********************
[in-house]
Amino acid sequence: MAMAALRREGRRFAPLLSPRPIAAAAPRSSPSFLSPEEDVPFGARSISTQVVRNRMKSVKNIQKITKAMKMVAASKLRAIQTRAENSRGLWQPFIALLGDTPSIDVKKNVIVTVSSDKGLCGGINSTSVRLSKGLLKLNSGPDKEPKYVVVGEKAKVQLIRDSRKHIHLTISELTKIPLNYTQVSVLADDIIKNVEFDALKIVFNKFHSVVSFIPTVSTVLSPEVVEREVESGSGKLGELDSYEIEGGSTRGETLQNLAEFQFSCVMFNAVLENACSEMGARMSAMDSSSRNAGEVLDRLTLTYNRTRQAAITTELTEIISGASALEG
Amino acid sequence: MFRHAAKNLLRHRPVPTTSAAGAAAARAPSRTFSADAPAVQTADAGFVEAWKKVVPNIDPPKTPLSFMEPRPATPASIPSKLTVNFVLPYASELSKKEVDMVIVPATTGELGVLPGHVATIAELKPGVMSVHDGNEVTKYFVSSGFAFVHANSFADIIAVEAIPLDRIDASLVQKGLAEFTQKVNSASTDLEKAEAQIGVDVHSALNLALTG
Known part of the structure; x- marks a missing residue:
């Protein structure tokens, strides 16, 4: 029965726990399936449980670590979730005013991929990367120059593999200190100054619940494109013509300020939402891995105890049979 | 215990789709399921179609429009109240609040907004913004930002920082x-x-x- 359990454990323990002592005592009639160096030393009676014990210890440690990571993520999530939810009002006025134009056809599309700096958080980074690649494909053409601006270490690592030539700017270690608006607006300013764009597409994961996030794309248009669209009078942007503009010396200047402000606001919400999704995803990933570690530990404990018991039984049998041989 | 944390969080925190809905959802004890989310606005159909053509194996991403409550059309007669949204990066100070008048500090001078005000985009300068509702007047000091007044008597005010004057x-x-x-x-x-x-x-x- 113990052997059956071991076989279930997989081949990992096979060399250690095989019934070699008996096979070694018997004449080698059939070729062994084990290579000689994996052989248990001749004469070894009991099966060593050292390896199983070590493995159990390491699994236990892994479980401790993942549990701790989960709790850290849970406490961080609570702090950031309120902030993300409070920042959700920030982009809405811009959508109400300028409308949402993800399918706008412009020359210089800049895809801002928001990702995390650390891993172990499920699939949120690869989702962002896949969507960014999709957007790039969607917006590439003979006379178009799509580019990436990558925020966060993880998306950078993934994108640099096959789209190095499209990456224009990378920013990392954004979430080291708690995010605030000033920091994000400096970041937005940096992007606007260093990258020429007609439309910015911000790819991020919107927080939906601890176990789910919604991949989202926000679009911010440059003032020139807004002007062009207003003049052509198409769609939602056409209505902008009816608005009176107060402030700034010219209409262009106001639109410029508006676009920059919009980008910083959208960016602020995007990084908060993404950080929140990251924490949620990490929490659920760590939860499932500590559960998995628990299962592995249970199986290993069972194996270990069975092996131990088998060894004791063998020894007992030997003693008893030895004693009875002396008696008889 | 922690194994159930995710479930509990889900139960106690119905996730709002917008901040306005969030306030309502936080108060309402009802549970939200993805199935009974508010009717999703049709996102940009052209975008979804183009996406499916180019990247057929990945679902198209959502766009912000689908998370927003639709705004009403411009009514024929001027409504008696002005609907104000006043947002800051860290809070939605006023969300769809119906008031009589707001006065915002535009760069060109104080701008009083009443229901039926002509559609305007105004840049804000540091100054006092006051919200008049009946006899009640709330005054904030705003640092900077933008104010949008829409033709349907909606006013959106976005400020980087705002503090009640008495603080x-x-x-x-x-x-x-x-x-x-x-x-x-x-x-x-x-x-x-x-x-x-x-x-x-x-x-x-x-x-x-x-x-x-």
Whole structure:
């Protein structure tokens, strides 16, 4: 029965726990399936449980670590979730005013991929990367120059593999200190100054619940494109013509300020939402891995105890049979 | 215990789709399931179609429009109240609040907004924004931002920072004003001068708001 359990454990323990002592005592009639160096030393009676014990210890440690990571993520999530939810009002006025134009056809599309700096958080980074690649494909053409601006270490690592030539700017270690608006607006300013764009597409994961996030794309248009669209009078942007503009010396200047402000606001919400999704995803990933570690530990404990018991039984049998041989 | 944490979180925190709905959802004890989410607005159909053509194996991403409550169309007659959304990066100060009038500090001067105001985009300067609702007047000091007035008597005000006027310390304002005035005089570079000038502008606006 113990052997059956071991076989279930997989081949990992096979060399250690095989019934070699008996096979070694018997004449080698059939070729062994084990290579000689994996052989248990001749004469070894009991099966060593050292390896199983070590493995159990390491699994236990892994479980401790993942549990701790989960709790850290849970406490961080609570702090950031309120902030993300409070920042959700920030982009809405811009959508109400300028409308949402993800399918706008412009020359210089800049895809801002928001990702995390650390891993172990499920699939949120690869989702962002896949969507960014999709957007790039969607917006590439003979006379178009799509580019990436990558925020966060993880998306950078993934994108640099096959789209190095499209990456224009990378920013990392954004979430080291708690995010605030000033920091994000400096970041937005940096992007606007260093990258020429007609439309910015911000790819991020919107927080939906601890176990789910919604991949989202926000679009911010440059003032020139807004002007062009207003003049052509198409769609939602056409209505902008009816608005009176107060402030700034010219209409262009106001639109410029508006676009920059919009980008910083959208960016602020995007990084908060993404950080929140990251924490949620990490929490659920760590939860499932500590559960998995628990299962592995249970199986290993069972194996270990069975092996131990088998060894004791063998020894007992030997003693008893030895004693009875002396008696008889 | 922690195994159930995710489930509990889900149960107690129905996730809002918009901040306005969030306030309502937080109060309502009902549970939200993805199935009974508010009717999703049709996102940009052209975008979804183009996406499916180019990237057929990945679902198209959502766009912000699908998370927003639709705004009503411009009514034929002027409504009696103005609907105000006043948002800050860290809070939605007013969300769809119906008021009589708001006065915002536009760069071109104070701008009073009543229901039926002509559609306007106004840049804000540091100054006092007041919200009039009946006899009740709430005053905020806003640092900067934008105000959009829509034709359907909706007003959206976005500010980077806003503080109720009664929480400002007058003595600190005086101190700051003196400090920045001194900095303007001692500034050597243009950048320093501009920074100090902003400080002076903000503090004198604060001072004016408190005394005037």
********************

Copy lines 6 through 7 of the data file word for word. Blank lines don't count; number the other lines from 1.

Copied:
Whole structure:
């Protein structure tokens, strides 16, 4: 029965726990399936449980670590979730005013991929990367120059593999200190100054619940494109013509300020939402891995105890049979 | 215990789709399931179609429009109240609040907004924004931002920072004003001068708001 359990454990323990002592005592009639160096030393009676014990210890440690990571993520999530939810009002006025134009056809599309700096958080980074690649494909053409601006270490690592030539700017270690608006607006300013764009597409994961996030794309248009669209009078942007503009010396200047402000606001919400999704995803990933570690530990404990018991039984049998041989 | 944490979180925190709905959802004890989410607005159909053509194996991403409550169309007659959304990066100060009038500090001067105001985009300067609702007047000091007035008597005000006027310390304002005035005089570079000038502008606006 113990052997059956071991076989279930997989081949990992096979060399250690095989019934070699008996096979070694018997004449080698059939070729062994084990290579000689994996052989248990001749004469070894009991099966060593050292390896199983070590493995159990390491699994236990892994479980401790993942549990701790989960709790850290849970406490961080609570702090950031309120902030993300409070920042959700920030982009809405811009959508109400300028409308949402993800399918706008412009020359210089800049895809801002928001990702995390650390891993172990499920699939949120690869989702962002896949969507960014999709957007790039969607917006590439003979006379178009799509580019990436990558925020966060993880998306950078993934994108640099096959789209190095499209990456224009990378920013990392954004979430080291708690995010605030000033920091994000400096970041937005940096992007606007260093990258020429007609439309910015911000790819991020919107927080939906601890176990789910919604991949989202926000679009911010440059003032020139807004002007062009207003003049052509198409769609939602056409209505902008009816608005009176107060402030700034010219209409262009106001639109410029508006676009920059919009980008910083959208960016602020995007990084908060993404950080929140990251924490949620990490929490659920760590939860499932500590559960998995628990299962592995249970199986290993069972194996270990069975092996131990088998060894004791063998020894007992030997003693008893030895004693009875002396008696008889 | 922690195994159930995710489930509990889900149960107690129905996730809002918009901040306005969030306030309502937080109060309502009902549970939200993805199935009974508010009717999703049709996102940009052209975008979804183009996406499916180019990237057929990945679902198209959502766009912000699908998370927003639709705004009503411009009514034929002027409504009696103005609907105000006043948002800050860290809070939605007013969300769809119906008021009589708001006065915002536009760069071109104070701008009073009543229901039926002509559609306007106004840049804000540091100054006092007041919200009039009946006899009740709430005053905020806003640092900067934008105000959009829509034709359907909706007003959206976005500010980077806003503080109720009664929480400002007058003595600190005086101190700051003196400090920045001194900095303007001692500034050597243009950048320093501009920074100090902003400080002076903000503090004198604060001072004016408190005394005037």